•"Put money in thy'purse." , Such is
the philosophy, political, economic and
ethical, which now dominates the democracy of the West.   •
Tho other day Hooker T. Washington advised tho negro to get rich. Ho
hold up as an Ideal .1. !». Morgan.
Become a millionaire; rulo Rtonka nnd
you will hoIvo the problem of your
raco. Such woro IiIh Hon! linenlh.
This Blatemont would be unworthy
of nol Ico worn It not thnt It exprowiei*
In ohhoiico a phlloHophy which Ih ent*
Ing the honrt out of denioerney.
It In tho old doctrine tbnt i lie re can
be no HocInl problem in n count iv
whore a wage worker can bncoinn it
Rockefeller or a ('ariu-Klf".
It   Ih   the philosophy of iirlHiocrney
which would have mint eoiilent  pro-
or* vlflliiflf a few may gain their way Into
It Is truly amusing to observe the
off hand manner by which In a half-
column, tho editorial wage slave of
the capitalist press effectually demolishes the theory of scientific Social-
Ism . , 7 ■
The identity of the Interests of capital,, and laboi—Socialism Impossible
while selfishnesses a predominant I'oa-
ture of human naturo—destruction of
nil InceiTtlvo to effort Inovllably consequent, on the Hoc'liills-ntion of means
of life, etc. UhlldlHh exhibition of fatuity thai havo served as lho stock arguments ngniiiHt SoeiallHin for Iho last
fifty yoni'H. ,
Oh yew! The IntoroHlH of capital
and labor are Identical all right.
Capital, Ih interested In securing ,,ns
much as possible of the total product
of labor. Labor wants as much as It
can got too, So tliut In ouo way, no
violent offence Ih done to the Inhoreni
logical faculty hy Haying that their
InterostH nrn Identical.
If there Ih tiny other way In which
two Individuals, nolthor iieknowledH
Ing any claim of tho other, may be
mild to havo IntoroHlH Identical when
onch Ih Htrlvlng to Riicure iih much na
poHHlblu of a HjibHtimeo tho amount
of which Ih Untiled, It miiHl bo In
Home , iiiyHtei'loiiH ffiHblon not linnio-
dlatoly cninprelioiiHlve by the aver*
ngo mind.
Thou our tMlliorliil paniHlle, uur
trembling Job bolder, IoIIh iih that
HoelnllHin ilomandH n human nut ure radically dlffurent from that ntiw In «x*
iBtence.     In effect be iiKHortH that a
Homo r,f tho mul.idui.m.R ovIIh which ihe^ed cln-K   ^ ^ ? ^ ^^ .^ ^ m ^^ ^ m
oxlHt to enrich labor leitdern. for man Ih ■•hm-iiItally n lionm of prey
Political purlieu exist to exult bom-en
cnuiipi Hcpniate ouranlv«H from the mi*; nr to enrich wmniura.
v ,1,,. ..i,a-,-  nirin       liirliiHtrv ovIhIh to crenle nillllOllllll'OH
Iniul to give a few men power to enn- j Indifference will grow upon mm und
directly or Indirectly mnlui nooNy JuhI
Vliat lt Ih,
Mren   wit boul  aneb nn inneiiii* wn
. . .. I     .      I     r ,i
iillK',1     *   ' tl.t    ..HI    taa        t-.,
cJ ilii Miic -i**rt ".'*■' 'bnro
The tliliiKH which appear the boat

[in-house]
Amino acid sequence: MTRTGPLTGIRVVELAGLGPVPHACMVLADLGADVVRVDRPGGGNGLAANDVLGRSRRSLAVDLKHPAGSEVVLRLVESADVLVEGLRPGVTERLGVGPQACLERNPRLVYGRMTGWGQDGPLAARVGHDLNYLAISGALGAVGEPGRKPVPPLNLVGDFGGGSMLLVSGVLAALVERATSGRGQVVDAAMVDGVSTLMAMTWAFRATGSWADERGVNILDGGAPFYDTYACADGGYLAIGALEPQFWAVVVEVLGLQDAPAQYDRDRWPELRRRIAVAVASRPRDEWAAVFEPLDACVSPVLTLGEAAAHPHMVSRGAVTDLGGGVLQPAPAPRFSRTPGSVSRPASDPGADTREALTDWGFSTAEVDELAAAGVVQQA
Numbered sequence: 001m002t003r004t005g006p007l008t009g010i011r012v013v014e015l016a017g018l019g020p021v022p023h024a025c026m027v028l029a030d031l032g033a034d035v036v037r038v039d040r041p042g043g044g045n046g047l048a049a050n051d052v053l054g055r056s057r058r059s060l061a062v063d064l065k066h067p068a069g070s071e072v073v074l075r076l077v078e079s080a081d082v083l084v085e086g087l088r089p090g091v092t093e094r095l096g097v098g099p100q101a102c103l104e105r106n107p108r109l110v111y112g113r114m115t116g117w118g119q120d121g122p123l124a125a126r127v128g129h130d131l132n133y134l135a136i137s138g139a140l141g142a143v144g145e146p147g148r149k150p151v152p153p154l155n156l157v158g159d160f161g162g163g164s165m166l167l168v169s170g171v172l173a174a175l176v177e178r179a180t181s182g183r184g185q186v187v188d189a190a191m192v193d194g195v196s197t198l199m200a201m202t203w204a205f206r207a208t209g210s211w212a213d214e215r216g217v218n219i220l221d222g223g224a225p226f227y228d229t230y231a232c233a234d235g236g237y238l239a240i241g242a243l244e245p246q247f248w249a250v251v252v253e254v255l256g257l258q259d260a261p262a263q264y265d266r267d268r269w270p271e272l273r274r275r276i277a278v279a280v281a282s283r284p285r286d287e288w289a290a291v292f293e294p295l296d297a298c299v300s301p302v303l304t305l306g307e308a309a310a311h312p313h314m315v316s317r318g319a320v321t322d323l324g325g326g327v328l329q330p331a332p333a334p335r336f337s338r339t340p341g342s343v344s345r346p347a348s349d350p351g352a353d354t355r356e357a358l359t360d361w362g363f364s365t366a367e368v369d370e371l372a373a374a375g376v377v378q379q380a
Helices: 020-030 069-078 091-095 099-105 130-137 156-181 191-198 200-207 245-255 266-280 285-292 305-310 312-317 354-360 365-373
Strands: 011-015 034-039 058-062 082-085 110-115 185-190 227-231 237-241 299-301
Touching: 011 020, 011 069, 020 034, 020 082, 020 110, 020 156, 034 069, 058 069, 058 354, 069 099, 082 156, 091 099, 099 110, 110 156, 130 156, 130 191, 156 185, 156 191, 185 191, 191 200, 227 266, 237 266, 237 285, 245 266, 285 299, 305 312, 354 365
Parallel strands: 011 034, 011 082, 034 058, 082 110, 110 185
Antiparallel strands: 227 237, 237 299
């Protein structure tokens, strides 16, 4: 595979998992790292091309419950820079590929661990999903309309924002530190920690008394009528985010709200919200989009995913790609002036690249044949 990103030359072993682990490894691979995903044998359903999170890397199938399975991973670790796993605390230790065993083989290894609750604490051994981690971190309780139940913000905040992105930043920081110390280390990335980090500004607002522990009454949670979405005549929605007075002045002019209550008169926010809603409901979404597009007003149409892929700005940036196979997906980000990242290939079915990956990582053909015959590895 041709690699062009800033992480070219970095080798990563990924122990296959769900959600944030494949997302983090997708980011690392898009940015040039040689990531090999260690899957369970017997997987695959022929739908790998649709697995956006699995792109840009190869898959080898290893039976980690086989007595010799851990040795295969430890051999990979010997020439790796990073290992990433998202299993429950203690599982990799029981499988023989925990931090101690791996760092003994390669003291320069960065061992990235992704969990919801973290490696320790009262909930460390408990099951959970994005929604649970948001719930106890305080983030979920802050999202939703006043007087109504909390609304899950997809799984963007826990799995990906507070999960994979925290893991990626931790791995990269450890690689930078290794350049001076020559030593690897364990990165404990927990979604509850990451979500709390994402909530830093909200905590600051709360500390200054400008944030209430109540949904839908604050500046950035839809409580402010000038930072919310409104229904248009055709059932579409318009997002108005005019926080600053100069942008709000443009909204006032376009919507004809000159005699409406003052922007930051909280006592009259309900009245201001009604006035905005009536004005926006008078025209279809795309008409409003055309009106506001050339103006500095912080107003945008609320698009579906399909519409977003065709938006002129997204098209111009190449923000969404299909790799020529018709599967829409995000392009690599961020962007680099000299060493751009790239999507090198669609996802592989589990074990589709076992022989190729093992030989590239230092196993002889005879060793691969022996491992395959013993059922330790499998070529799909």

may cmlv help «» porpeluntii Uiohi* thai
f,re worst.
In llmr-i no way Ihon I" «et. our bear-
, i   , . ,.,,,.  ,„1,r.M,f.r me <ll(lllrt  for
Oi* m-tilm-l the pingu-HH toward higher
IiI'viIh? Vcn, ihni» Ik one way. and
only one.
Hni'lnJI***' laya down a line nf el'-ar
hud illHiliHt nn Hi," Hhot<•■ linn of a
i,i.»(, where I be wiivcn* break ugnliiHt ti
wall of mi*'i*l'''* ''■Vf!" ■'■" "PPO"''*--1- «•'
H't'-liilli'iii am entnliiK moro and moro
lu ti-;A\f
in canlbal mlluir. for hin own kind im
hin vli'tlniH) and If you lalcu away tlio
Incontlvo to rob. babltH of Ninth and
trol the mnrkot of tlm world.
The Democratic party hxIhih to nd*
uiiiei! iim fortune., of Murphy of Con
noiH. of, linger Hulllvuit, of Tom Tag
enrt nml of William J. Ilijan.
Tho IlopubllMiJi party exlatH to ml
vnnee the forttiiK-B of II'h political
The Inileppiident l.engno exUts io
dn tlm will mid »crvi* tbe caiiHe of Willinm Itnndolpb HeiirHt.
T.mli- 'ii.lon.*. to K"'. Dan KV"f"
IKhiii Doiiiielly. Frank Hnrgwit. Terence
(n* \,\il Mill. Iiiiil*. .li'.* pi.lil.*.l'*(')<' •'■■'■I
Tbone wim nton-rt tlml flnelnllHin
would destroy Incentive by removing
llio fear of poverty would degrade our
eoiicepl ol ,'iiim.ti .•'..uiv..
They   recognlzo only llm Inceullvo
t()   lllllllHH   pitRHeHHlOllH,   Ignoring   llttP)'-
ly llm fact Uiat nil into aervlce to
humanity Ih never actuated primarily
by arqulflltlvoneif.
llmt] wolf f-nrrlflHnx Hervlee baHheen
rendered III clreuinHiuni'ca tbftl »I)ho*
structure! If you want to crush this
"growing menace of Socialism,"', you
will have to bestir that'childish brain
of",yours. Although, by constant re-,
petition of your editorial puerilities,
you may have convinced yourself that
you have nothing to fear from the
growing class consciousness of the
proletariat— you' convince yourself
alone. a  . .  ,?
You are like, tbe ostrich that, in
time of fear, drives its head into the
sand, and thinks by so doing it will
escape harm. .
Pull your head out of the sand.
Listen to the tramp of the army. It
Is thirty million strong. This army
consists of the united workers of thc
world.'* ■ -